Monday, June 9, 2014

Psychiatry Urges AMA to Address Health Plan Network 'Inadequacy'

Physicians at this year's annual policymaking meeting at the AMA were widely supportive of a resolution brought by the AMA Section Council on Psychiatry to address the problem of health plan network “inadequacy” and efforts by health plans to restrict access to specialists.

Section council representatives told delegates that insurance plans are appearing within the new health exchange networks that offer “thin and ultra-thin” networks—provider lists with few or very few specialists. Moreover, patients also face “phantom networks,” a phenomenon whereby plans list providers in their networks who are not really available to treat patients, or in some cases who are deceased.

The section council resolution, which received supportive testimony from physicians in several disciplines, seeks to have AMA advocate for adherence to existing statutory and regulatory measures for ensuring network adequacy and to work with state medical societies to advocate for such regulations in states where they do not exist.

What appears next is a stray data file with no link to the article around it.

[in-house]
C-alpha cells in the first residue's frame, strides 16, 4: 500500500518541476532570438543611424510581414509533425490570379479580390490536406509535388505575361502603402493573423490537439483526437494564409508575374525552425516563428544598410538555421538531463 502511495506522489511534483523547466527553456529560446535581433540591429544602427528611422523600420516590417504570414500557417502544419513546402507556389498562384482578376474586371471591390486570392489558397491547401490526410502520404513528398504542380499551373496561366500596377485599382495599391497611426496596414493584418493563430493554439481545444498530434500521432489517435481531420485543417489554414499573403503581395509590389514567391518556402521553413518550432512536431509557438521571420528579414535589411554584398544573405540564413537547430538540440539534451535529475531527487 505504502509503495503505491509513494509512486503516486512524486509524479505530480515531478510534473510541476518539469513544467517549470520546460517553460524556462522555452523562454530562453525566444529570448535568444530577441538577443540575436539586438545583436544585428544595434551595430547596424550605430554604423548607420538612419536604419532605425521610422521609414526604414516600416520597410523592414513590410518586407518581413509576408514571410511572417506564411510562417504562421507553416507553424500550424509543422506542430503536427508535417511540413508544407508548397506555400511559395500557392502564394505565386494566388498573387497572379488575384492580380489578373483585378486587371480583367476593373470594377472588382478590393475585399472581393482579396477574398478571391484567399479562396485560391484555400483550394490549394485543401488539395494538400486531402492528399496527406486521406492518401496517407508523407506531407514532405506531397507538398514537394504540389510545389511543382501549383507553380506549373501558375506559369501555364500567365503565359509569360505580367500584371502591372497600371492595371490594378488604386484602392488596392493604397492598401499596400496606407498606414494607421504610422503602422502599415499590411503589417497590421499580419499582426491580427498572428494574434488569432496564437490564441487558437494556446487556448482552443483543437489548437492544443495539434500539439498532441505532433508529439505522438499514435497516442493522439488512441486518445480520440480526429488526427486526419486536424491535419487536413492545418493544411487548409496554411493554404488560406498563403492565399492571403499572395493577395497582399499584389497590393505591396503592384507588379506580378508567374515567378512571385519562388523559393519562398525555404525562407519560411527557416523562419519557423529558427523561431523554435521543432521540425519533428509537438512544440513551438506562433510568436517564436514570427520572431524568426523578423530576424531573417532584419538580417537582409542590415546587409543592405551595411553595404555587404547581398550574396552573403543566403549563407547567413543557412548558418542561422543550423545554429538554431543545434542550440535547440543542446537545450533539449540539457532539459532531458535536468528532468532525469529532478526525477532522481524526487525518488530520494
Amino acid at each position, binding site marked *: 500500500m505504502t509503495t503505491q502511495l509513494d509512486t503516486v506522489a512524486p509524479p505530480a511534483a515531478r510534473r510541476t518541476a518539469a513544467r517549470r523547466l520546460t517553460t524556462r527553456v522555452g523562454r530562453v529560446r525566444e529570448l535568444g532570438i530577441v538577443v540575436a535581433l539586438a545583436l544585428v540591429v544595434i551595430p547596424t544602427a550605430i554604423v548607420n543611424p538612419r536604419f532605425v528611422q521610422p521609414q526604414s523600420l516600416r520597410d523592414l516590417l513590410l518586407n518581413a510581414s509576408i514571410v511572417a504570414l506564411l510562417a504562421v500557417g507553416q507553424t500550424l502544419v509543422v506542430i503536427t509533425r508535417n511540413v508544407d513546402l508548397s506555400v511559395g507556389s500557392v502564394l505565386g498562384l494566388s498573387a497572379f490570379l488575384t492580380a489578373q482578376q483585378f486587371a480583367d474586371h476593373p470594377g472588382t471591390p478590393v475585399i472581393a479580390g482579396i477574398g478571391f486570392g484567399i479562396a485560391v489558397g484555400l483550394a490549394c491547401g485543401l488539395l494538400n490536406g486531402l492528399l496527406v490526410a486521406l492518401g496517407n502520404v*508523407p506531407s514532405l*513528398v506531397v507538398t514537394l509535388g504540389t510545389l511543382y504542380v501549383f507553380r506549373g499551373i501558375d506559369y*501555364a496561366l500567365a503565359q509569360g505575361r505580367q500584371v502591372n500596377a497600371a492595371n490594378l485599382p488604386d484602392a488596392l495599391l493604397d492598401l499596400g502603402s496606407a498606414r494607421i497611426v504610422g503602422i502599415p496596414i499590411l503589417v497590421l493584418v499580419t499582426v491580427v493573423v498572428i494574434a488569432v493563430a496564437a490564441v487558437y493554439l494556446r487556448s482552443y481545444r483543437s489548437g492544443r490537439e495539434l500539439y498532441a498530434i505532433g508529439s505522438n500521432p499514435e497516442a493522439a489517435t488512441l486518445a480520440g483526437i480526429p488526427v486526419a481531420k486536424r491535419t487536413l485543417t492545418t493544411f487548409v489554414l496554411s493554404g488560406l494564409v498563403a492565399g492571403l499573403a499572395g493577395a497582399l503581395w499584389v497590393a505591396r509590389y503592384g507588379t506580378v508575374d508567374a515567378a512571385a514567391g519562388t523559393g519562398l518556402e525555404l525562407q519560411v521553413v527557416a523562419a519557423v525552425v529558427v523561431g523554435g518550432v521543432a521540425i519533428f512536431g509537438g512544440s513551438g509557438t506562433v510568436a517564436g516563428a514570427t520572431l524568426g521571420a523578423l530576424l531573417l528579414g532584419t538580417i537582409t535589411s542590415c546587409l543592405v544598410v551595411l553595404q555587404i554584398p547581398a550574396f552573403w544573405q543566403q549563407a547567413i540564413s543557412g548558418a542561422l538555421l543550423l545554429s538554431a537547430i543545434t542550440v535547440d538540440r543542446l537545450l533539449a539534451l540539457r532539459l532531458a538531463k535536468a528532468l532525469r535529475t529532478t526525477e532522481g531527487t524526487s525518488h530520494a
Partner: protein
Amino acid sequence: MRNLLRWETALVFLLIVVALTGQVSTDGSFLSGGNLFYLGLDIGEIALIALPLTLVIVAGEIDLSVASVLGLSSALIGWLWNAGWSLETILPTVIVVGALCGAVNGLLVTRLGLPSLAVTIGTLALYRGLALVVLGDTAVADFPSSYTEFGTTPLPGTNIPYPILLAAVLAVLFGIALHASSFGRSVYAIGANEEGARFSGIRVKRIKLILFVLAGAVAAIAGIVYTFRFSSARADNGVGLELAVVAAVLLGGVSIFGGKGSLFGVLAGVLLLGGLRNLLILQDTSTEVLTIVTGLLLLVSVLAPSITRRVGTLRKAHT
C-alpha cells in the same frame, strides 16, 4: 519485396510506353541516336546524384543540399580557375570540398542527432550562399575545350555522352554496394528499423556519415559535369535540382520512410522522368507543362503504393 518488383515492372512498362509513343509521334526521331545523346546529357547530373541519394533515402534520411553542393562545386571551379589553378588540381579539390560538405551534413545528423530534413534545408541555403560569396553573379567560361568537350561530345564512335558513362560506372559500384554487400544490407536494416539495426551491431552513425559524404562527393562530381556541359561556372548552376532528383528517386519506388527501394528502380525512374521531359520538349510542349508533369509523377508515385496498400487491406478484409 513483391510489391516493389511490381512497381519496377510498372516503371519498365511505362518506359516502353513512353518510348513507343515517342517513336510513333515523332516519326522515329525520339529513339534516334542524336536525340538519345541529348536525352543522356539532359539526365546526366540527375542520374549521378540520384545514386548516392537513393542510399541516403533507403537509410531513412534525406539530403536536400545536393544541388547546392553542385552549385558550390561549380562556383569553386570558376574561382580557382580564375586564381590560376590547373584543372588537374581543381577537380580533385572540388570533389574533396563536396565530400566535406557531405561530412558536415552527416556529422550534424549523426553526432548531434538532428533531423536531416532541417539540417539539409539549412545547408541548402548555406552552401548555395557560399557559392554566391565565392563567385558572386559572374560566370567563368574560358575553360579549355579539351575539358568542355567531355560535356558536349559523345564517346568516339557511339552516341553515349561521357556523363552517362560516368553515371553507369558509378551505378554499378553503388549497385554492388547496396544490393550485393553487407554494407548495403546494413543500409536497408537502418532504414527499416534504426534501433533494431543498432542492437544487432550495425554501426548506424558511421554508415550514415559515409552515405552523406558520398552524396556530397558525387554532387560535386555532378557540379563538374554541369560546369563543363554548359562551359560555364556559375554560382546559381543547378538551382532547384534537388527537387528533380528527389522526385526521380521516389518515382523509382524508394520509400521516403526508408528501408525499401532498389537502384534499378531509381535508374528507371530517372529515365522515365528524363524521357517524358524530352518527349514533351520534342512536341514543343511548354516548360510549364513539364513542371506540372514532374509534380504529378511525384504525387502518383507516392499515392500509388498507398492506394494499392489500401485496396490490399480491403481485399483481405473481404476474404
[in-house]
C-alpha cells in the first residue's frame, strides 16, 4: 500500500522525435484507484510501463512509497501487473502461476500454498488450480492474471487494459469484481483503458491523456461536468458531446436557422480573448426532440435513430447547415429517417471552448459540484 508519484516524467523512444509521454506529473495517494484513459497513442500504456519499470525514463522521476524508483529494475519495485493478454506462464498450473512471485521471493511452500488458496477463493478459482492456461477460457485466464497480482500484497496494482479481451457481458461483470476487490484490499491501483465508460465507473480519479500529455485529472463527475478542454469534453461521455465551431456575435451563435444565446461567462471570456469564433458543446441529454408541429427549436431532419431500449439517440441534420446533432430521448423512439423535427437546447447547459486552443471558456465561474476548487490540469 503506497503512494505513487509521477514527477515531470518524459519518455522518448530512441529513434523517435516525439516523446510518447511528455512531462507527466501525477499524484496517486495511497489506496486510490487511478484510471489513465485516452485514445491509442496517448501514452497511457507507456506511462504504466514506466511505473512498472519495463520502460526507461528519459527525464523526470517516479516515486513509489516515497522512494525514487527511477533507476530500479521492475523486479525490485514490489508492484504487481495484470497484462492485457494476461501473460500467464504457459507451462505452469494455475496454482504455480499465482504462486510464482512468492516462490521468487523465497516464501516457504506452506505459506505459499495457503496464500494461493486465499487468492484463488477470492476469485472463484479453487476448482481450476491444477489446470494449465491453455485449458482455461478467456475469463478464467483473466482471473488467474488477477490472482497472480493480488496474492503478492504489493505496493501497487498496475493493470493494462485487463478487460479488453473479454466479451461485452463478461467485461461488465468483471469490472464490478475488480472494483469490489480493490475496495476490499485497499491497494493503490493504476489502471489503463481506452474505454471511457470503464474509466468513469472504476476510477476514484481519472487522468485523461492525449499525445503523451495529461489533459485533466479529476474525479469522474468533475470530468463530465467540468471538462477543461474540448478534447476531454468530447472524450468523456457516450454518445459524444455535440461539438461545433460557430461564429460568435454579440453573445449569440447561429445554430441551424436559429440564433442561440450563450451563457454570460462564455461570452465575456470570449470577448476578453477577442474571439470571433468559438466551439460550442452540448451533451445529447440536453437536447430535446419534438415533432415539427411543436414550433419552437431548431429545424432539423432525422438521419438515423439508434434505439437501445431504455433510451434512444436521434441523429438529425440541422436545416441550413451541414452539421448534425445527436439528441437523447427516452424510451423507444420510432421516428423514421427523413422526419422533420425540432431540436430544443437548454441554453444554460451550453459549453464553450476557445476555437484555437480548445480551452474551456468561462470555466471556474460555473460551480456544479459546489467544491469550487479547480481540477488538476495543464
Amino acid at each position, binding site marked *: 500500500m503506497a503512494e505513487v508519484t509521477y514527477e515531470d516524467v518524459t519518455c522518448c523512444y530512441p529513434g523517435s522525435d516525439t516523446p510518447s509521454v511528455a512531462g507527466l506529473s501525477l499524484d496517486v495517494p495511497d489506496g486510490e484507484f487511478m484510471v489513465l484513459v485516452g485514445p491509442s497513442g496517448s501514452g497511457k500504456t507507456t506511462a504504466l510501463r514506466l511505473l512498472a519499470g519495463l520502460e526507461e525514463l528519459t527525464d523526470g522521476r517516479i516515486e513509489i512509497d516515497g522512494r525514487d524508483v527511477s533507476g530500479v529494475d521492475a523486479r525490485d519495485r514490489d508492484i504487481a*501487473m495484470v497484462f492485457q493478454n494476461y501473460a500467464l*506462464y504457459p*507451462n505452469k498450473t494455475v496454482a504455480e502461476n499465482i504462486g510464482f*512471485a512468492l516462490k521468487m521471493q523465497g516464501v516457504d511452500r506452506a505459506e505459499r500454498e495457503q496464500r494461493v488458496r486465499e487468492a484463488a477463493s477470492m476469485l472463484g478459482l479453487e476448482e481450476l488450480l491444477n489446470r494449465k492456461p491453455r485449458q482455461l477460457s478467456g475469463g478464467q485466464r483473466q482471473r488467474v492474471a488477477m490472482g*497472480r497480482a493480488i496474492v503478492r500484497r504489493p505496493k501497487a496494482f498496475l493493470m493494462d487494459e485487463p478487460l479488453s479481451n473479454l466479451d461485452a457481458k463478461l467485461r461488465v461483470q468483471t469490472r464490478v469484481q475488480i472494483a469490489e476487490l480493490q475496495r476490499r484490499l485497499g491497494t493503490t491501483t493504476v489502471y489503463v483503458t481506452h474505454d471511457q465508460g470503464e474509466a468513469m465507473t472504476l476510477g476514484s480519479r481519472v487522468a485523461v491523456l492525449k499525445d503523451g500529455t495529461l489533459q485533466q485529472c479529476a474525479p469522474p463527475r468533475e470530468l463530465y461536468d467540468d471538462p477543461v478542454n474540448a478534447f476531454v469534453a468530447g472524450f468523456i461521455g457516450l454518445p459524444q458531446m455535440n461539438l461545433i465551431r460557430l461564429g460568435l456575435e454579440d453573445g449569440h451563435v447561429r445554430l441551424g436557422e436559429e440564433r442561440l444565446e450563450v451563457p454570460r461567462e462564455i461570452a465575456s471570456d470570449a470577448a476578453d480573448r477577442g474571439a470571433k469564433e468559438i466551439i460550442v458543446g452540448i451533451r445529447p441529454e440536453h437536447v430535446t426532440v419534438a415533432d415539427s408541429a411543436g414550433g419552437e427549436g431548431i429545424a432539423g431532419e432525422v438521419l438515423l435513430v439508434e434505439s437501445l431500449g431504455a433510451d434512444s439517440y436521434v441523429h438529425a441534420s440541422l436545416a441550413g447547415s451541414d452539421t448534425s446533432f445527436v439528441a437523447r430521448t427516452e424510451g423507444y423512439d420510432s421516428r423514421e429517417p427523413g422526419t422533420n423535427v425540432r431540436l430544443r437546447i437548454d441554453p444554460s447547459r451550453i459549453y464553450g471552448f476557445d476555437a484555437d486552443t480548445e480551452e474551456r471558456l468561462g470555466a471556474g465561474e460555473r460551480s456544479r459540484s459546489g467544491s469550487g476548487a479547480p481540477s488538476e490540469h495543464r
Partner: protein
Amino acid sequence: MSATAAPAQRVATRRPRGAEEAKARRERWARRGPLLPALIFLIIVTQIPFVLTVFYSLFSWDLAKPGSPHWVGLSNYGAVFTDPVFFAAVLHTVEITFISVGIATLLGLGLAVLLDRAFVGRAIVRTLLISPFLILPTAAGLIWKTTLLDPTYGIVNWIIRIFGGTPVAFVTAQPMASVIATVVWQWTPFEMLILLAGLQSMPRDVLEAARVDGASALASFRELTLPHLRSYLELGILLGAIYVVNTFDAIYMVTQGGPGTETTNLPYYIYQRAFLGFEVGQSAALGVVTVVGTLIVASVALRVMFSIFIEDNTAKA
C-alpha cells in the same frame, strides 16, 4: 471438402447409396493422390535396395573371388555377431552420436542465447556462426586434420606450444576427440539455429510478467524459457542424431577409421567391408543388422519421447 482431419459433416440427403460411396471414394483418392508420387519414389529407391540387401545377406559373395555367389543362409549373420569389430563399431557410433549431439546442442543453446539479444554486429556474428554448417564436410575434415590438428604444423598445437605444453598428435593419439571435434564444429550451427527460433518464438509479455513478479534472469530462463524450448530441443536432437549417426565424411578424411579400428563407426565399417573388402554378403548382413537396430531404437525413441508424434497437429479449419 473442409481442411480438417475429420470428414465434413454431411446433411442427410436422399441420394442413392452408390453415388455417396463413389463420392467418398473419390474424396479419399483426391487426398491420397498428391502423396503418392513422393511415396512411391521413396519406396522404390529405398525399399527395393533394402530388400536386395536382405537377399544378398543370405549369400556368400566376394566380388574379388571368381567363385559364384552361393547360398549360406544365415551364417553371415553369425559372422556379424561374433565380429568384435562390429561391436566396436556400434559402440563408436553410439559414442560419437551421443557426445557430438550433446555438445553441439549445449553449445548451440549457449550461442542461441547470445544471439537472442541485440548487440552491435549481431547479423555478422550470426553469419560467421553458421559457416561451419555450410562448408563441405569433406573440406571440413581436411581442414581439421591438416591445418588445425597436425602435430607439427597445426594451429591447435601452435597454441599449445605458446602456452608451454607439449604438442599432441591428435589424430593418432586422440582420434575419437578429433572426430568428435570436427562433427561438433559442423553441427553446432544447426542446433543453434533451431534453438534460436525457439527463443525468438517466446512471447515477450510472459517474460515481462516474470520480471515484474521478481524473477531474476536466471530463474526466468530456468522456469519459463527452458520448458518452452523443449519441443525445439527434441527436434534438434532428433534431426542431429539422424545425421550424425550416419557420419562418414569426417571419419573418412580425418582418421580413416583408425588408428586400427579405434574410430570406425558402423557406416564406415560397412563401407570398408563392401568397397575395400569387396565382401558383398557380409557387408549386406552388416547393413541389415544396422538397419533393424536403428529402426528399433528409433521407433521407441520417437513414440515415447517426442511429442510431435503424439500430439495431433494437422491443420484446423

Psychiatrist Paul O’Leary, M.D. (pictured above), told delegates that the problem of network inadequacy and health plan efforts to restrict access to specialists can be especially problematic for young physicians starting out in practice and seeking to be included on panels or receive referrals of patients.

O’Leary made his remarks yesterday during reference committee hearings where reports and resolutions are debated before being sent to the full House of Delegates; the House will be meeting today through Wednesday to discuss the section council resolution and many other issues.

Look for additional Alerts and upcoming editions of Psychiatric News for in-depth coverage of this and other issues of importance to psychiatry.

(Image: Mark Moran)


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